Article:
When he ran into trouble with the federal government, Davies, a
married father of two young daughters, hired a team of lawyers and
former Clinton administration official Chris Lehane as a media
consultant. He launched a website, He drew
coverage in The New York Times and The Huffington Post, making a
public case that he was an honest man who dutifully followed
California's law, only to be unfairly singled out by the government.

Despite his guilty plea to marijuana conspiracy, manufacturing and
sales, Davies today suggests federal authorities unfairly applied
marijuana laws against him while allowing entrepreneurs in other
states to thrive.

He also blames his fate on California legislators' failure to set
clear rules for a medical marijuana industry that mushroomed to more
than $1 billion in taxable marijuana sales by 2010. In contrast,
Colorado passed laws that provided meticulous state oversight of
marijuana stores and cultivators, apparently satisfying the U.S.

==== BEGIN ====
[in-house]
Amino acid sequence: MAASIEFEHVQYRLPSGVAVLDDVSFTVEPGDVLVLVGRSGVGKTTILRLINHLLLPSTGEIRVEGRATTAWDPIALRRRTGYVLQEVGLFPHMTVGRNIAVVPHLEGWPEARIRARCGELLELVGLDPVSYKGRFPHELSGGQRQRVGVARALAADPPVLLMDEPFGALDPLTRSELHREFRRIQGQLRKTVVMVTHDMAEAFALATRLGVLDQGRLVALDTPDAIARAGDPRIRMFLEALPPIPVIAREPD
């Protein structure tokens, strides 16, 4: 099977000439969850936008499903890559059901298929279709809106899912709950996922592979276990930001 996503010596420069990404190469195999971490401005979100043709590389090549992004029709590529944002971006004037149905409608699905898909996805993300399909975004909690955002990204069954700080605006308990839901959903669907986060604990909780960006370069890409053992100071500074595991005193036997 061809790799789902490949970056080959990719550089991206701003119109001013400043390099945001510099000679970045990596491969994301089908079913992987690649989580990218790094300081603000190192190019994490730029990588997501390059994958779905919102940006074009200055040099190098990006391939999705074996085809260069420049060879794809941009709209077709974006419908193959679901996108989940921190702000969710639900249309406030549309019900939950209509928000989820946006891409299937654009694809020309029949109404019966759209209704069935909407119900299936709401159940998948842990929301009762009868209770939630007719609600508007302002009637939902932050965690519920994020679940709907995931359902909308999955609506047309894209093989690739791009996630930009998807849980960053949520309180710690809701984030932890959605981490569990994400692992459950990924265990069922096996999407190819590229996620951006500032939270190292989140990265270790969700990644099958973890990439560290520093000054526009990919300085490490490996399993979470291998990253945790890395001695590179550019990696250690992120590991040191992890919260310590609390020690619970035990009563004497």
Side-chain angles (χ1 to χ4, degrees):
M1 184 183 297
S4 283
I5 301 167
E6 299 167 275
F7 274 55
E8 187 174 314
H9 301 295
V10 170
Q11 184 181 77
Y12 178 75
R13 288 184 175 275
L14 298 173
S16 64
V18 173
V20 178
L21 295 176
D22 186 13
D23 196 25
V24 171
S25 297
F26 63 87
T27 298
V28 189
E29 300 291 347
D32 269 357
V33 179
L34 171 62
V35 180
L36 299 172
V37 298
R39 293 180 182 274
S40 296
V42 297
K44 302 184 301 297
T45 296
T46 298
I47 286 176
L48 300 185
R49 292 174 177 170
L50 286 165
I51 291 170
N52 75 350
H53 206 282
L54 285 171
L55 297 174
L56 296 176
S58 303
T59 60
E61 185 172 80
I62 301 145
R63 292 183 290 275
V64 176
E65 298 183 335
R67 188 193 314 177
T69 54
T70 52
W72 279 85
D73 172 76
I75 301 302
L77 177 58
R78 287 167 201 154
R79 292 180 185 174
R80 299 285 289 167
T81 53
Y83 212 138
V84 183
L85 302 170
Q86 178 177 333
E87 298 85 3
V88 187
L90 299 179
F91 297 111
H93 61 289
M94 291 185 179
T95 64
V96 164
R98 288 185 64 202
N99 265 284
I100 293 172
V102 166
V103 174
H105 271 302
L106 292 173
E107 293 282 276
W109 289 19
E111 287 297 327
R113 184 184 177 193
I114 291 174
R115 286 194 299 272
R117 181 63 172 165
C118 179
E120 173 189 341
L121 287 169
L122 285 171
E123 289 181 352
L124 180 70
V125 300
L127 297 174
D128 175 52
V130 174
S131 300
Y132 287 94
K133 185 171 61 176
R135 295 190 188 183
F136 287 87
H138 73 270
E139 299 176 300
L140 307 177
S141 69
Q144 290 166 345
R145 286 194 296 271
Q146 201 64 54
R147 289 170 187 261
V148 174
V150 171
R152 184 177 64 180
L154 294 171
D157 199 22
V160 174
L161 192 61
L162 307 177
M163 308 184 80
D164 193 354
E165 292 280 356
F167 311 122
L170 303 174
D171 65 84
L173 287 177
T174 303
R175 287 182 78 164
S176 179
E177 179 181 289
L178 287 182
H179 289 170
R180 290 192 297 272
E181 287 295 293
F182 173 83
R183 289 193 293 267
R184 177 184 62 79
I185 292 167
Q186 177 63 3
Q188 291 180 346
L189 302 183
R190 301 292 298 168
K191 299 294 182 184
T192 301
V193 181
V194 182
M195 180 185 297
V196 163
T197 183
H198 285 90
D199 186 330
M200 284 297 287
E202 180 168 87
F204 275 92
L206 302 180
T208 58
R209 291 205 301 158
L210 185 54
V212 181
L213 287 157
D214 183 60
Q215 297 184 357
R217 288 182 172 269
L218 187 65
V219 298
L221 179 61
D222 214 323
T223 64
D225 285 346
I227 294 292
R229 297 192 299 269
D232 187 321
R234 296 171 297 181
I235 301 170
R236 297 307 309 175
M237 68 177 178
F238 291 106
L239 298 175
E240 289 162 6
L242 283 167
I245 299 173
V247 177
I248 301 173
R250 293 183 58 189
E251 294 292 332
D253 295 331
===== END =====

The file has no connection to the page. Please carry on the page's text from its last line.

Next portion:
government, which sharply curtailed prosecutions of marijuana
businesses there.

"Our state happily took $100 million in tax money" from medical
marijuana business in California, "but when the time came to help us
out, they were never to be found," Davies said in a recent interview
at his accountant's office in Stockton. "If California had the
gumption to remove the ambiguities of our law, there is no way a
federal prosecutor would have been able to prosecute me."

He has closed his Stockton restaurant, is turning over his property
management company to others and coming to terms with leaving behind
his daughters, ages 2 and 1, and a wife "who will have to be single
mother for a while."

"How do you prepare for this?" he said. "You don't prepare. I have
sort of exited my life."

Davies says he feels seared by the contrasts: He heads to prison while
federal officials stepped back as Colorado and Washington legalized
marijuana for recreational use. On New Year's Day, consumers in
Colorado lined up in droves for America's first retail sales of pot
purely for pleasure.

Legal observers suggest the circumstances of Matthew Davies' case, and
the opportunities that he perceived in the California medical
marijuana industry, make for a complicated story.

Sam Kamin, a specialist in marijuana law at the University of Denver's